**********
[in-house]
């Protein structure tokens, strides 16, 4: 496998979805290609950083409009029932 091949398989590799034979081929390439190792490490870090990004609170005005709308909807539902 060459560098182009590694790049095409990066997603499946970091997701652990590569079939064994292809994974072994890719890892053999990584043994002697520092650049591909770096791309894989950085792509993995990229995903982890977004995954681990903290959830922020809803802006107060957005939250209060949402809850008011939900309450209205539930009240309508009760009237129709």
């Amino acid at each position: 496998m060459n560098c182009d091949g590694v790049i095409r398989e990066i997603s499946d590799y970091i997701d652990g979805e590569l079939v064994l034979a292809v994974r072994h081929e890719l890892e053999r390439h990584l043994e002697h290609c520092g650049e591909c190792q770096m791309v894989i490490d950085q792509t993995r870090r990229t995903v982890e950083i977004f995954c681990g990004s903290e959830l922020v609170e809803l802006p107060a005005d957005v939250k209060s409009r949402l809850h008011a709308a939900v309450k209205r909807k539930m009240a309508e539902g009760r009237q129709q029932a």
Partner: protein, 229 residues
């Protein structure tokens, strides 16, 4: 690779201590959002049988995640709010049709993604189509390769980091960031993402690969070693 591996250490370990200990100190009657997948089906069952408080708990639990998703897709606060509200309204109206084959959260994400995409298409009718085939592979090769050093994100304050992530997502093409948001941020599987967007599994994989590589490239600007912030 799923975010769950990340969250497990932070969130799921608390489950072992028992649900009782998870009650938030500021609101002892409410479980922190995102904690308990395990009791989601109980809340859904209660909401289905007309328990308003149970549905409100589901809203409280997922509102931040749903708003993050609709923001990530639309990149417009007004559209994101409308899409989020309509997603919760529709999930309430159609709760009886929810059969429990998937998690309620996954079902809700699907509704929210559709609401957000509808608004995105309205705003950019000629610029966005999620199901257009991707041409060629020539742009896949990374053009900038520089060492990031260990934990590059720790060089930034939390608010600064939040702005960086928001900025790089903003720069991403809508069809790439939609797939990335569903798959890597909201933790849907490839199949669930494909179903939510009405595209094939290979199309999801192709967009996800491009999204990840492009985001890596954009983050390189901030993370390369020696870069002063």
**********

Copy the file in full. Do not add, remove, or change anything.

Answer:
[in-house]
């Protein structure tokens, strides 16, 4: 496998979805290609950083409009029932 091949398989590799034979081929390439190792490490870090990004609170005005709308909807539902 060459560098182009590694790049095409990066997603499946970091997701652990590569079939064994292809994974072994890719890892053999990584043994002697520092650049591909770096791309894989950085792509993995990229995903982890977004995954681990903290959830922020809803802006107060957005939250209060949402809850008011939900309450209205539930009240309508009760009237129709």
């Amino acid at each position: 496998m060459n560098c182009d091949g590694v790049i095409r398989e990066i997603s499946d590799y970091i997701d652990g979805e590569l079939v064994l034979a292809v994974r072994h081929e890719l890892e053999r390439h990584l043994e002697h290609c520092g650049e591909c190792q770096m791309v894989i490490d950085q792509t993995r870090r990229t995903v982890e950083i977004f995954c681990g990004s903290e959830l922020v609170e809803l802006p107060a005005d957005v939250k209060s409009r949402l809850h008011a709308a939900v309450k209205r909807k539930m009240a309508e539902g009760r009237q129709q029932a």
Partner: protein, 229 residues
């Protein structure tokens, strides 16, 4: 690779201590959002049988995640709010049709993604189509390769980091960031993402690969070693 591996250490370990200990100190009657997948089906069952408080708990639990998703897709606060509200309204109206084959959260994400995409298409009718085939592979090769050093994100304050992530997502093409948001941020599987967007599994994989590589490239600007912030 799923975010769950990340969250497990932070969130799921608390489950072992028992649900009782998870009650938030500021609101002892409410479980922190995102904690308990395990009791989601109980809340859904209660909401289905007309328990308003149970549905409100589901809203409280997922509102931040749903708003993050609709923001990530639309990149417009007004559209994101409308899409989020309509997603919760529709999930309430159609709760009886929810059969429990998937998690309620996954079902809700699907509704929210559709609401957000509808608004995105309205705003950019000629610029966005999620199901257009991707041409060629020539742009896949990374053009900038520089060492990031260990934990590059720790060089930034939390608010600064939040702005960086928001900025790089903003720069991403809508069809790439939609797939990335569903798959890597909201933790849907490839199949669930494909179903939510009405595209094939290979199309999801192709967009996800491009999204990840492009985001890596954009983050390189901030993370390369020696870069002063």